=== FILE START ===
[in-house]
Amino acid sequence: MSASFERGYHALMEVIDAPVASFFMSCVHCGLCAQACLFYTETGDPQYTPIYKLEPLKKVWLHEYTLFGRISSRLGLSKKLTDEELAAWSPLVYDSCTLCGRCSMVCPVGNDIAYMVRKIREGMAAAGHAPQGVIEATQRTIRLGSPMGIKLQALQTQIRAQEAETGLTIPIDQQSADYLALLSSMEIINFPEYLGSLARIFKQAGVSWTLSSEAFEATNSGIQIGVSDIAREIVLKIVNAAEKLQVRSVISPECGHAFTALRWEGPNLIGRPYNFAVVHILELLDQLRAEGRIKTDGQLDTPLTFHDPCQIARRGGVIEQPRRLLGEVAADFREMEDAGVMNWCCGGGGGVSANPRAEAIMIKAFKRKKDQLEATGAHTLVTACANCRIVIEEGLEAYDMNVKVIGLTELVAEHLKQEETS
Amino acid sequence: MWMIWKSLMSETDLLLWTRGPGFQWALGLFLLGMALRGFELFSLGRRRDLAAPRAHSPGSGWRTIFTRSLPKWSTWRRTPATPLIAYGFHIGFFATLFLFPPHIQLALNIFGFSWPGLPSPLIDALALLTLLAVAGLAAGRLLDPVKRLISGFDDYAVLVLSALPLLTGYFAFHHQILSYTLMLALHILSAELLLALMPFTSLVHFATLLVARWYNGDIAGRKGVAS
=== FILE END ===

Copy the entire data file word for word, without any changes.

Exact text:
[in-house]
Amino acid sequence: MSASFERGYHALMEVIDAPVASFFMSCVHCGLCAQACLFYTETGDPQYTPIYKLEPLKKVWLHEYTLFGRISSRLGLSKKLTDEELAAWSPLVYDSCTLCGRCSMVCPVGNDIAYMVRKIREGMAAAGHAPQGVIEATQRTIRLGSPMGIKLQALQTQIRAQEAETGLTIPIDQQSADYLALLSSMEIINFPEYLGSLARIFKQAGVSWTLSSEAFEATNSGIQIGVSDIAREIVLKIVNAAEKLQVRSVISPECGHAFTALRWEGPNLIGRPYNFAVVHILELLDQLRAEGRIKTDGQLDTPLTFHDPCQIARRGGVIEQPRRLLGEVAADFREMEDAGVMNWCCGGGGGVSANPRAEAIMIKAFKRKKDQLEATGAHTLVTACANCRIVIEEGLEAYDMNVKVIGLTELVAEHLKQEETS
Amino acid sequence: MWMIWKSLMSETDLLLWTRGPGFQWALGLFLLGMALRGFELFSLGRRRDLAAPRAHSPGSGWRTIFTRSLPKWSTWRRTPATPLIAYGFHIGFFATLFLFPPHIQLALNIFGFSWPGLPSPLIDALALLTLLAVAGLAAGRLLDPVKRLISGFDDYAVLVLSALPLLTGYFAFHHQILSYTLMLALHILSAELLLALMPFTSLVHFATLLVARWYNGDIAGRKGVAS